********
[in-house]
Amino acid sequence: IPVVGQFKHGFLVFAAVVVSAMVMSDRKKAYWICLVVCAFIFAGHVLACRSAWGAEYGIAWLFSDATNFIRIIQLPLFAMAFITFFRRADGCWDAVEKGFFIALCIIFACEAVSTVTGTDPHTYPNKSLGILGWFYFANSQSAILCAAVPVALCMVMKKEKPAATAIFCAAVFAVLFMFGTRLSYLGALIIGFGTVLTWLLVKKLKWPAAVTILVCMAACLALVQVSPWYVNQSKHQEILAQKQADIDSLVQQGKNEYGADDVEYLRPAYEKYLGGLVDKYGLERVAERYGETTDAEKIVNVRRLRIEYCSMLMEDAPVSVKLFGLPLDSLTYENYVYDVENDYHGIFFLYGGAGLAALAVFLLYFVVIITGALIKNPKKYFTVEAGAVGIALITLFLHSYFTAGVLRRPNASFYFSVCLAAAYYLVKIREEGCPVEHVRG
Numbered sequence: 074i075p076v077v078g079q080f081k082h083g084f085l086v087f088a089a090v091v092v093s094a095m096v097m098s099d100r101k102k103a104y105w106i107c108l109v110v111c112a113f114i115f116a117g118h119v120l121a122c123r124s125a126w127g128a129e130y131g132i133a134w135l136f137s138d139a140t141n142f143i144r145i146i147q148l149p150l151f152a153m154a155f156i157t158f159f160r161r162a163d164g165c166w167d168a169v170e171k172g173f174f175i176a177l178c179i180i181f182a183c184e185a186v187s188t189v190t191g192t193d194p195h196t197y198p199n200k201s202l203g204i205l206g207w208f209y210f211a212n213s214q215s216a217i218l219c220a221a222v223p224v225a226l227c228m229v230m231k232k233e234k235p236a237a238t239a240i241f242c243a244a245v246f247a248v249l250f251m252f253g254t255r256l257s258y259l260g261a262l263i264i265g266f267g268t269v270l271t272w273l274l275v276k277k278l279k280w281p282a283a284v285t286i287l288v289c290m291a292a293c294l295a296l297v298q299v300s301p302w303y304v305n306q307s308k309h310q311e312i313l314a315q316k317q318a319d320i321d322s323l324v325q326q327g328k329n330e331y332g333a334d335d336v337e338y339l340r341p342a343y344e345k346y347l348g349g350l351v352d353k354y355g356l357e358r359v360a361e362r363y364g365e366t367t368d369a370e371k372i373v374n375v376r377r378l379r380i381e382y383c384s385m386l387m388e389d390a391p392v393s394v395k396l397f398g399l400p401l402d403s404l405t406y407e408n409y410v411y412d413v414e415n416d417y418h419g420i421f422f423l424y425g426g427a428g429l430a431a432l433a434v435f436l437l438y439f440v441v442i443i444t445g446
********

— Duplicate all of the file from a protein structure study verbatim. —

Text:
[in-house]
Amino acid sequence: IPVVGQFKHGFLVFAAVVVSAMVMSDRKKAYWICLVVCAFIFAGHVLACRSAWGAEYGIAWLFSDATNFIRIIQLPLFAMAFITFFRRADGCWDAVEKGFFIALCIIFACEAVSTVTGTDPHTYPNKSLGILGWFYFANSQSAILCAAVPVALCMVMKKEKPAATAIFCAAVFAVLFMFGTRLSYLGALIIGFGTVLTWLLVKKLKWPAAVTILVCMAACLALVQVSPWYVNQSKHQEILAQKQADIDSLVQQGKNEYGADDVEYLRPAYEKYLGGLVDKYGLERVAERYGETTDAEKIVNVRRLRIEYCSMLMEDAPVSVKLFGLPLDSLTYENYVYDVENDYHGIFFLYGGAGLAALAVFLLYFVVIITGALIKNPKKYFTVEAGAVGIALITLFLHSYFTAGVLRRPNASFYFSVCLAAAYYLVKIREEGCPVEHVRG
Numbered sequence: 074i075p076v077v078g079q080f081k082h083g084f085l086v087f088a089a090v091v092v093s094a095m096v097m098s099d100r101k102k103a104y105w106i107c108l109v110v111c112a113f114i115f116a117g118h119v120l121a122c123r124s125a126w127g128a129e130y131g132i133a134w135l136f137s138d139a140t141n142f143i144r145i146i147q148l149p150l151f152a153m154a155f156i157t158f159f160r161r162a163d164g165c166w167d168a169v170e171k172g173f174f175i176a177l178c179i180i181f182a183c184e185a186v187s188t189v190t191g192t193d194p195h196t197y198p199n200k201s202l203g204i205l206g207w208f209y210f211a212n213s214q215s216a217i218l219c220a221a222v223p224v225a226l227c228m229v230m231k232k233e234k235p236a237a238t239a240i241f242c243a244a245v246f247a248v249l250f251m252f253g254t255r256l257s258y259l260g261a262l263i264i265g266f267g268t269v270l271t272w273l274l275v276k277k278l279k280w281p282a283a284v285t286i287l288v289c290m291a292a293c294l295a296l297v298q299v300s301p302w303y304v305n306q307s308k309h310q311e312i313l314a315q316k317q318a319d320i321d322s323l324v325q326q327g328k329n330e331y332g333a334d335d336v337e338y339l340r341p342a343y344e345k346y347l348g349g350l351v352d353k354y355g356l357e358r359v360a361e362r363y364g365e366t367t368d369a370e371k372i373v374n375v376r377r378l379r380i381e382y383c384s385m386l387m388e389d390a391p392v393s394v395k396l397f398g399l400p401l402d403s404l405t406y407e408n409y410v411y412d413v414e415n416d417y418h419g420i421f422f423l424y425g426g427a428g429l430a431a432l433a434v435f436l437l438y439f440v441v442i443i444t445g446